Published: 19/09/2002, Volume II2, No. 5823 Page 20
I am writing in the hope of correcting some very misleading comments in the article 'A bug in the system' (news focus, 15 August).
No-one enjoys change, especially when it comes from up high and occurs with alarming frequency. Many of us in the infection specialties have grown up with and deeply appreciated the public health laboratory service. But times have changed, and the NHS no longer has a primitive infection service.
In the period before the Second World War, when the predecessor to PHLS (the Emergency Laboratory Service) was created, pathology was a university teaching hospital specialty. Laboratories did not exist outside the major centres of learning.
Your correspondent quotes a senior PHLS source as saying: 'Current standards for laboratory services in the NHS are not good enough.' This is deeply insulting and untrue.
Health service laboratories undergo the same accreditation processes that PHLS laboratories do, and staff are trained within the same system and to the same standards. In the area of public health epidemiology, the NHS contributes more data than PHLS did.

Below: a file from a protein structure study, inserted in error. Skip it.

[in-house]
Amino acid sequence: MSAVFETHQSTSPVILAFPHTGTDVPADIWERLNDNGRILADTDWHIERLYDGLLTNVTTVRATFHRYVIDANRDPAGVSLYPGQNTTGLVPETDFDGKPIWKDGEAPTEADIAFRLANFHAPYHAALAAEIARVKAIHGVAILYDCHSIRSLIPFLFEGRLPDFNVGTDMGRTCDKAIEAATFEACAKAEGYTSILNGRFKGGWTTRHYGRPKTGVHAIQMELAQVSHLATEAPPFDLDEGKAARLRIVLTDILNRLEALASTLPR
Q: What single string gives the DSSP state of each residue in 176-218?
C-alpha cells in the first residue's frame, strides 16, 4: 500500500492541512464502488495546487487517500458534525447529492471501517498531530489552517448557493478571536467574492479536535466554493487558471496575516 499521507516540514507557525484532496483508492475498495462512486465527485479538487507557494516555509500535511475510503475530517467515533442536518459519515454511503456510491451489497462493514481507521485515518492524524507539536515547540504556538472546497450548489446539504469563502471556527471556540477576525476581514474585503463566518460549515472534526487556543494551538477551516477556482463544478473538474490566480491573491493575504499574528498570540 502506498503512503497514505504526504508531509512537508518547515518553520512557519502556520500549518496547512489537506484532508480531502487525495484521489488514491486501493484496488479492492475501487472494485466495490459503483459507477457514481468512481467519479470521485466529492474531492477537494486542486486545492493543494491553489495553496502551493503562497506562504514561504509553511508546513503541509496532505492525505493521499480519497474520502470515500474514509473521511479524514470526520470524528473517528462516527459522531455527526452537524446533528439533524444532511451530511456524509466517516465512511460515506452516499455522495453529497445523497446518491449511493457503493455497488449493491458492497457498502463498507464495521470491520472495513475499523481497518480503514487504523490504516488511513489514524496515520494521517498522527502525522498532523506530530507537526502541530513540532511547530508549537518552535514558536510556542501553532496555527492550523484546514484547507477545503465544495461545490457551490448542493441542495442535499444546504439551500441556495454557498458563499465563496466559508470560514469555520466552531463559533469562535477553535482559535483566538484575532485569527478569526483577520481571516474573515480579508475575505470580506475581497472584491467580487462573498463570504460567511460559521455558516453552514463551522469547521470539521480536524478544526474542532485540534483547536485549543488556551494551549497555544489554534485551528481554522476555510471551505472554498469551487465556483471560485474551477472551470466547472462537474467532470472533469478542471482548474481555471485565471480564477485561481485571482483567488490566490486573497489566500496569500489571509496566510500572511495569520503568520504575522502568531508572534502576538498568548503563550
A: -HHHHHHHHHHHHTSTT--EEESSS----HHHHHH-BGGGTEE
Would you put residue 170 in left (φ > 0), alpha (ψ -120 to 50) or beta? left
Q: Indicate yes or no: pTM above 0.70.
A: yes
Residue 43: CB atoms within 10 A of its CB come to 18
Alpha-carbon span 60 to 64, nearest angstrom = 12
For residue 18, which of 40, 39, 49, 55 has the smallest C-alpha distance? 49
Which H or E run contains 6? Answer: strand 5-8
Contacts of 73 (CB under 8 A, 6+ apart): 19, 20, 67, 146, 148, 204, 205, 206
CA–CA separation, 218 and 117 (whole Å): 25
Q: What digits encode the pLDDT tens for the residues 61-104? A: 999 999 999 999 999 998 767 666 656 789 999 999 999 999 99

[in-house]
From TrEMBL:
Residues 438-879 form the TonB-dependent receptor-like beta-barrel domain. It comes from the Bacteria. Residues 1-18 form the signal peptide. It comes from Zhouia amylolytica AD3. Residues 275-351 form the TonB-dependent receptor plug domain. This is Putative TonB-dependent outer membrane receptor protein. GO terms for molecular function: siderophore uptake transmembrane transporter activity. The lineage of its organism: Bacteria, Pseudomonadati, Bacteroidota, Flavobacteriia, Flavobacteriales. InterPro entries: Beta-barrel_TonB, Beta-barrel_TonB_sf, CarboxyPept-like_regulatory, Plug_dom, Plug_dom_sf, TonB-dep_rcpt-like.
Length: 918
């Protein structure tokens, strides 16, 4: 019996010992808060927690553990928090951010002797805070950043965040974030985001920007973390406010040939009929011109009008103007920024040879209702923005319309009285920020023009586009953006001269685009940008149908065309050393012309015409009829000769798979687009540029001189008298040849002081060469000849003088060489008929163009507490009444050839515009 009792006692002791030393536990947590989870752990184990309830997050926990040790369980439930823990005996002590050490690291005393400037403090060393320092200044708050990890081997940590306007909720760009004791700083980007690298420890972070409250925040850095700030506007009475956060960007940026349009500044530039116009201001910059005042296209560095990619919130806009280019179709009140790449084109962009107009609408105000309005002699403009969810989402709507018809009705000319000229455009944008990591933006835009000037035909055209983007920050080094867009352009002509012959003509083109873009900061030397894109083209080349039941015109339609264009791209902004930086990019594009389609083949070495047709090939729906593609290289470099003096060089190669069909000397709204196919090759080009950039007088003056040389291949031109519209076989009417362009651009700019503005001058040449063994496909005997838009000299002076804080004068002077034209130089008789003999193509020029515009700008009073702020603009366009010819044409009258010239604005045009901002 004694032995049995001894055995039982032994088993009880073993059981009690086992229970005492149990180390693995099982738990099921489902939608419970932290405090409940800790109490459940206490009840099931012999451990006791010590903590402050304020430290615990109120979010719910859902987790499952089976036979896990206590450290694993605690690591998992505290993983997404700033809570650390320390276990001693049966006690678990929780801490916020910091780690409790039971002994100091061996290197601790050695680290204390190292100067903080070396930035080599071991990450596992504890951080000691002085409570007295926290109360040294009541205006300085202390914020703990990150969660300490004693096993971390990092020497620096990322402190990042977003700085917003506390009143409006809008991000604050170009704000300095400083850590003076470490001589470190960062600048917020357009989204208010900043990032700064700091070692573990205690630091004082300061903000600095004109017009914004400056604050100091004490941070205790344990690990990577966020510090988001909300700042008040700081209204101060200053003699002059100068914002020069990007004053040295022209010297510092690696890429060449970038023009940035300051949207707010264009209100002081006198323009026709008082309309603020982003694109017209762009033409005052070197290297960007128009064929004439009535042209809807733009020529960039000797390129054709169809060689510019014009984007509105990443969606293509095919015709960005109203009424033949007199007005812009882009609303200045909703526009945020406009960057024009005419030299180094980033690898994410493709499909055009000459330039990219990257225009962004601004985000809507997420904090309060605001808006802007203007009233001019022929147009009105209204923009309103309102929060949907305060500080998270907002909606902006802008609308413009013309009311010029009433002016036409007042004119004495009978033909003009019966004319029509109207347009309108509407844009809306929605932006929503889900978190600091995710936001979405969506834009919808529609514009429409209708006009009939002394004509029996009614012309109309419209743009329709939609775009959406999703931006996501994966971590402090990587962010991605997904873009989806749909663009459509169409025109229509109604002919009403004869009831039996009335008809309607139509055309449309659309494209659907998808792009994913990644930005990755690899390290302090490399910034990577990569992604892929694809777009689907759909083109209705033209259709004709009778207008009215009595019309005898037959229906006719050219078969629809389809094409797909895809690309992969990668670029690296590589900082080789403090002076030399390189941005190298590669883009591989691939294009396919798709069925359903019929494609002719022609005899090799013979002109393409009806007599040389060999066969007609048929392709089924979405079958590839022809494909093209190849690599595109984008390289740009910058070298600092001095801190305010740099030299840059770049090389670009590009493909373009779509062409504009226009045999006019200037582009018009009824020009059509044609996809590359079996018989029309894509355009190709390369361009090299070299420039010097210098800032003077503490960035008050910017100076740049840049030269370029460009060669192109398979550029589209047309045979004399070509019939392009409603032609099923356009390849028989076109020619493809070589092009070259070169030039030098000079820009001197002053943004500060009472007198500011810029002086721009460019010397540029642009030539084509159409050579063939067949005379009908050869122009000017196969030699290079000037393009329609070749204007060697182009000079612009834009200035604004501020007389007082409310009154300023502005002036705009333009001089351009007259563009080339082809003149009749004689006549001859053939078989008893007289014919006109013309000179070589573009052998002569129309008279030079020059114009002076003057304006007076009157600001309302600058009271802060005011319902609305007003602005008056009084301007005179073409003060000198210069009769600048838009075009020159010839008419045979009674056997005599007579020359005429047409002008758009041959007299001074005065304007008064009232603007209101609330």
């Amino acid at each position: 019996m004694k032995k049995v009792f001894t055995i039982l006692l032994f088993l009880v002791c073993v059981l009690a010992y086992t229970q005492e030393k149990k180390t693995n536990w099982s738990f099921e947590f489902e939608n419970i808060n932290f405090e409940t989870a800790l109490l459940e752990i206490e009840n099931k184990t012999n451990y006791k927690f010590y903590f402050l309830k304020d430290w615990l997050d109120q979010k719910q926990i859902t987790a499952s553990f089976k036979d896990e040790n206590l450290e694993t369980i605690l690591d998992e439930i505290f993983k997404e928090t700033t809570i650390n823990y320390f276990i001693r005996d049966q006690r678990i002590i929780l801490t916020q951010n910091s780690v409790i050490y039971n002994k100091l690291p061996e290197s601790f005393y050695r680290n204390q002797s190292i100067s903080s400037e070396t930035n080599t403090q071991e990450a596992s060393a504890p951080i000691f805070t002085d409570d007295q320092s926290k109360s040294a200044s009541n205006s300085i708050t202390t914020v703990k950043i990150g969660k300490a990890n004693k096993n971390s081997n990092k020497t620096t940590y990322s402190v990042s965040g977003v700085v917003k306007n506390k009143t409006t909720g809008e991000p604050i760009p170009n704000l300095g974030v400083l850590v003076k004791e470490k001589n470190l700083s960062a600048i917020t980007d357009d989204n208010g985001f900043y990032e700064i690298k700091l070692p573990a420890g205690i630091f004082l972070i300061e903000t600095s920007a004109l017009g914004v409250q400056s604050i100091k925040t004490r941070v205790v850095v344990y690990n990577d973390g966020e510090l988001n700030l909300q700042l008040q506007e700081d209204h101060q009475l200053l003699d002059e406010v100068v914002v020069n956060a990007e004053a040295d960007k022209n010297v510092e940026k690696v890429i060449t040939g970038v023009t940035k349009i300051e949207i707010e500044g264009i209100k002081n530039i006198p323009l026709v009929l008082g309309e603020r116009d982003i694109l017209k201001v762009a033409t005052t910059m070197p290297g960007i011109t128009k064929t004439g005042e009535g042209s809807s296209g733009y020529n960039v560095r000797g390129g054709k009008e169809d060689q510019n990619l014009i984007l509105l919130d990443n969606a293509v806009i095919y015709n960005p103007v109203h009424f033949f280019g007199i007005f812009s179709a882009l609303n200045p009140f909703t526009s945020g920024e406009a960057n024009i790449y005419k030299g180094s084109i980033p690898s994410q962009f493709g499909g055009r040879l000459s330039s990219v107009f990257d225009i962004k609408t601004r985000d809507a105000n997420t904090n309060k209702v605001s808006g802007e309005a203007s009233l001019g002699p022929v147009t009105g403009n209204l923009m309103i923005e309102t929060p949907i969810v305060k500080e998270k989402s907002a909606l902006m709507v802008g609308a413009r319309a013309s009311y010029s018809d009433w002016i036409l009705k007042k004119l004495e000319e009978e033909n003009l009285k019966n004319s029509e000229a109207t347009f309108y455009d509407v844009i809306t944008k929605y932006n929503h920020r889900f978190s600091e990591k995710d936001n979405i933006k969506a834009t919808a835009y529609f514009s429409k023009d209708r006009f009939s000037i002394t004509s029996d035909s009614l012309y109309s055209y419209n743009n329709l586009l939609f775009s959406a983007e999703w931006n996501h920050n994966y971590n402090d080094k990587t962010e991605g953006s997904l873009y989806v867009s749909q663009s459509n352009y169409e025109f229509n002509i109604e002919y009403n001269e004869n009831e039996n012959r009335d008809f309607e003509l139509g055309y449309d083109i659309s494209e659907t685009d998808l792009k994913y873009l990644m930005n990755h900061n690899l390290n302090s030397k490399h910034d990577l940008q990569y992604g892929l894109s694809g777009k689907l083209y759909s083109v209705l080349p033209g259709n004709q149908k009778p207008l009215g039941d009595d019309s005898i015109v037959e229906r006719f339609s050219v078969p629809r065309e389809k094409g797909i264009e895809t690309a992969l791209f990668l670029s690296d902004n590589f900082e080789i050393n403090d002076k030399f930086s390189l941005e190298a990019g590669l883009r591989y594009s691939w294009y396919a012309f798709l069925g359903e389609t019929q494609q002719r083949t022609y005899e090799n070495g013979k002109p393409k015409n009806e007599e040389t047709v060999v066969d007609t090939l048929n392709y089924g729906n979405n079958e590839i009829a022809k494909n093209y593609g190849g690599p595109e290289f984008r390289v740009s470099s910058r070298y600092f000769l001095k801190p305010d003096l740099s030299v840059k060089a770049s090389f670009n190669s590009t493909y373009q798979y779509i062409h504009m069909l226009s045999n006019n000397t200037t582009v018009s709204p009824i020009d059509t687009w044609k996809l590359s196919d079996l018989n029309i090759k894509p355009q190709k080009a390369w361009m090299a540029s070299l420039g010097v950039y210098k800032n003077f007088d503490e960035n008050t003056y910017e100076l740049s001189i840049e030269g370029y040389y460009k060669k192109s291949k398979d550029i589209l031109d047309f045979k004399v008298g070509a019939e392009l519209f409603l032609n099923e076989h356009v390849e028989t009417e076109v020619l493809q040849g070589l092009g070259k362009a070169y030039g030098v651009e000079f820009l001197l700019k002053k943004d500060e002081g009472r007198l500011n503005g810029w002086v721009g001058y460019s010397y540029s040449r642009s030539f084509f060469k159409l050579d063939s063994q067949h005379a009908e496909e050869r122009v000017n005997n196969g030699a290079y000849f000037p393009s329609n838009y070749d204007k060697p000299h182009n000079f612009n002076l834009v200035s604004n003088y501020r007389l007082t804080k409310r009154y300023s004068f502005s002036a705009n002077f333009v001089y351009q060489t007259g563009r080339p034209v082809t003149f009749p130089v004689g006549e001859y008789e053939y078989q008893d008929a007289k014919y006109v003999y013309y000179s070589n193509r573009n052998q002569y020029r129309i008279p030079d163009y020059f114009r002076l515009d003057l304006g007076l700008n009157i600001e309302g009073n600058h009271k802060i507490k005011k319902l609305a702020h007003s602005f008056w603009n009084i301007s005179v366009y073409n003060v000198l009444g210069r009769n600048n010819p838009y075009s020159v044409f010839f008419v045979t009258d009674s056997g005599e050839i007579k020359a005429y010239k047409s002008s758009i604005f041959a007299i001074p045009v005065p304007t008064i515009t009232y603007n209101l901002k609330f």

So was PHLS all good? What is perhaps seen by senior PHLS management as a good thing, its managed network, was often perceived as being its weakness by those within and without the service. Many of the users of the service found its management style was its greatest weakness. It never fully saw itself as part of the NHS, its consultation processes were perfunctory and superficial and it was perceived as aligning itself with the Treasury and not the patient.
There are many examples of its failure to integrate with NHS microbiology services. When it created standard operating procedures, it tried to charge the NHS for their use. Its management style was hierarchical and an example of how not to create 'networks'.
There are many, if not all, employees of PHLS whose contribution and dedication has been of the finest quality, but now we need a service where the needs of the population and patient comes first and last.
Michael Kelsey President of the Association of Medical Microbiologists Whittington Hospital